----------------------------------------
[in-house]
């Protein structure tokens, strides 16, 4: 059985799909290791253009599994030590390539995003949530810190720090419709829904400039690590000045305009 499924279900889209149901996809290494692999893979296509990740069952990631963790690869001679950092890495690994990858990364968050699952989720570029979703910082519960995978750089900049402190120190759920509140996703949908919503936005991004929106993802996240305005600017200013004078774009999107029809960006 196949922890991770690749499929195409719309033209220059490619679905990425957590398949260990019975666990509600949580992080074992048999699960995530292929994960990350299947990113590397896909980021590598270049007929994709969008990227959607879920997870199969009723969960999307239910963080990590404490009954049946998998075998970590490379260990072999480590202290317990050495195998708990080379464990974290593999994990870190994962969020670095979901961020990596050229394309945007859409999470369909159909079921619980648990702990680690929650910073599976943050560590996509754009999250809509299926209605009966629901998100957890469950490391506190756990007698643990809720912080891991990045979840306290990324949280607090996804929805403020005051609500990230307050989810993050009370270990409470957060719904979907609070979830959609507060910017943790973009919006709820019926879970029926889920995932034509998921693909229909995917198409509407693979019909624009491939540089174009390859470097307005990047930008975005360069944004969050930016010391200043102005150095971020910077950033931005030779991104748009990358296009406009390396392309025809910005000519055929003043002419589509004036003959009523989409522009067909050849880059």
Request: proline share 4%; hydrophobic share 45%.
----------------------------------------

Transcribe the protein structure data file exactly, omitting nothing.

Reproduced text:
[in-house]
């Protein structure tokens, strides 16, 4: 059985799909290791253009599994030590390539995003949530810190720090419709829904400039690590000045305009 499924279900889209149901996809290494692999893979296509990740069952990631963790690869001679950092890495690994990858990364968050699952989720570029979703910082519960995978750089900049402190120190759920509140996703949908919503936005991004929106993802996240305005600017200013004078774009999107029809960006 196949922890991770690749499929195409719309033209220059490619679905990425957590398949260990019975666990509600949580992080074992048999699960995530292929994960990350299947990113590397896909980021590598270049007929994709969008990227959607879920997870199969009723969960999307239910963080990590404490009954049946998998075998970590490379260990072999480590202290317990050495195998708990080379464990974290593999994990870190994962969020670095979901961020990596050229394309945007859409999470369909159909079921619980648990702990680690929650910073599976943050560590996509754009999250809509299926209605009966629901998100957890469950490391506190756990007698643990809720912080891991990045979840306290990324949280607090996804929805403020005051609500990230307050989810993050009370270990409470957060719904979907609070979830959609507060910017943790973009919006709820019926879970029926889920995932034509998921693909229909995917198409509407693979019909624009491939540089174009390859470097307005990047930008975005360069944004969050930016010391200043102005150095971020910077950033931005030779991104748009990358296009406009390396392309025809910005000519055929003043002419589509004036003959009523989409522009067909050849880059």
Request: proline share 4%; hydrophobic share 45%.